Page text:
NOTE: If you want a full picture of the code shown below, please reference the Scalable React TypeScript boilerplate project. Even though this project is mainly in TypeScript, I’ve stripped out the majority of the type annotations to make it easy to use as reference for any JavaScript project.

Also, the documentation for this project contains an overview of the file tree for both the server and client, in case you need to reference it.

First of all, we need a GraphQL server. For my project, I chose ExpressJS, but you could just as easily use Koa, Hapi, SailsJS, or whatever else you want. I’ll start by creating a graphQLEntry.ts file in the root level server directory, where we will attach the necessary GraphQL middleware to the Express application.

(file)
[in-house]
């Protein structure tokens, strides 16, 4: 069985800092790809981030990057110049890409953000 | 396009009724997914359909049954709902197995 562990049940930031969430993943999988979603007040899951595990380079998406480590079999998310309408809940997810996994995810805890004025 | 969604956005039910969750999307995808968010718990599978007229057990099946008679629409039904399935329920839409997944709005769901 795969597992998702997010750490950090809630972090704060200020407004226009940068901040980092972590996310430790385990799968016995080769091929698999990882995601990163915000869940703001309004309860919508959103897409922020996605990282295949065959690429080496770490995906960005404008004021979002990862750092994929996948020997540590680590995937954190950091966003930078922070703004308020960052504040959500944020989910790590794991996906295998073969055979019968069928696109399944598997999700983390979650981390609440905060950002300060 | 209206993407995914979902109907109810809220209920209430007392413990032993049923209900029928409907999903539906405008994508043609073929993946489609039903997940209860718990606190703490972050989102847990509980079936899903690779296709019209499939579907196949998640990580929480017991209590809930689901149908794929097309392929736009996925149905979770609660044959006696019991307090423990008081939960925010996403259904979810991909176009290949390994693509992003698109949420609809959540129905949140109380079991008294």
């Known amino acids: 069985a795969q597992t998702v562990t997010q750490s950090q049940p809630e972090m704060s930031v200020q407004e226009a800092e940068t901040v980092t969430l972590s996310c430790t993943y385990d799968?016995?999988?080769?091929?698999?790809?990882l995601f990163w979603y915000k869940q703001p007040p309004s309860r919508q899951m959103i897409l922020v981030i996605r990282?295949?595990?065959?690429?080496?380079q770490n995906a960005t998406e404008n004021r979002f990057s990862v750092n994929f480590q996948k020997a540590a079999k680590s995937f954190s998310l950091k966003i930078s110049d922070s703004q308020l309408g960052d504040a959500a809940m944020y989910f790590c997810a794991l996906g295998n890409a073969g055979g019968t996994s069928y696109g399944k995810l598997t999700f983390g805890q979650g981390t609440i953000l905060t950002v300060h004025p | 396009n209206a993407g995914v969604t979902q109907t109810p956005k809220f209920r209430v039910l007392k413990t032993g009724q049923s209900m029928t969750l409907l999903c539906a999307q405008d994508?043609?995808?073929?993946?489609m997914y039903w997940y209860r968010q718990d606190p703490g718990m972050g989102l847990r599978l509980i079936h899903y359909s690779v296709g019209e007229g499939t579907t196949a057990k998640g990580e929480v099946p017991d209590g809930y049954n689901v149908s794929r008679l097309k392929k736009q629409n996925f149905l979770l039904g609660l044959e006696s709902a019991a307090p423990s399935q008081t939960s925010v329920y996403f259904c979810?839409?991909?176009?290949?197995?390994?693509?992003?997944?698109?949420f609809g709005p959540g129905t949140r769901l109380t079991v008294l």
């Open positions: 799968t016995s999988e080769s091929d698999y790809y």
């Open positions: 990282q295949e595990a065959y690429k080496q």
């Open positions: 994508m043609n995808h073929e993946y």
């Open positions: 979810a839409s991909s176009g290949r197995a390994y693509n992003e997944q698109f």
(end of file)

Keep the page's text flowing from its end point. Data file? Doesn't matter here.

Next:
As you can see, I wrote a function that takes as input an Express application and returns a promise of a new Express application decorated with a few endpoints that power the GraphQL server.

I’ve also attached the GraphiQL tool to the server, which provides a user interface for interacting with GraphQL queries. This tool is truly invaluable as it gives you the ability to explore the data in real-time and it presents documentation that is automatically generated from the GraphQL schema (more on this later).

One thing to note here is that I am using the graphql-server-express module instead of using express-graphql. As you can see from the documentation, this module was built by the Apollo team to provide a more robust and production ready GraphQL server.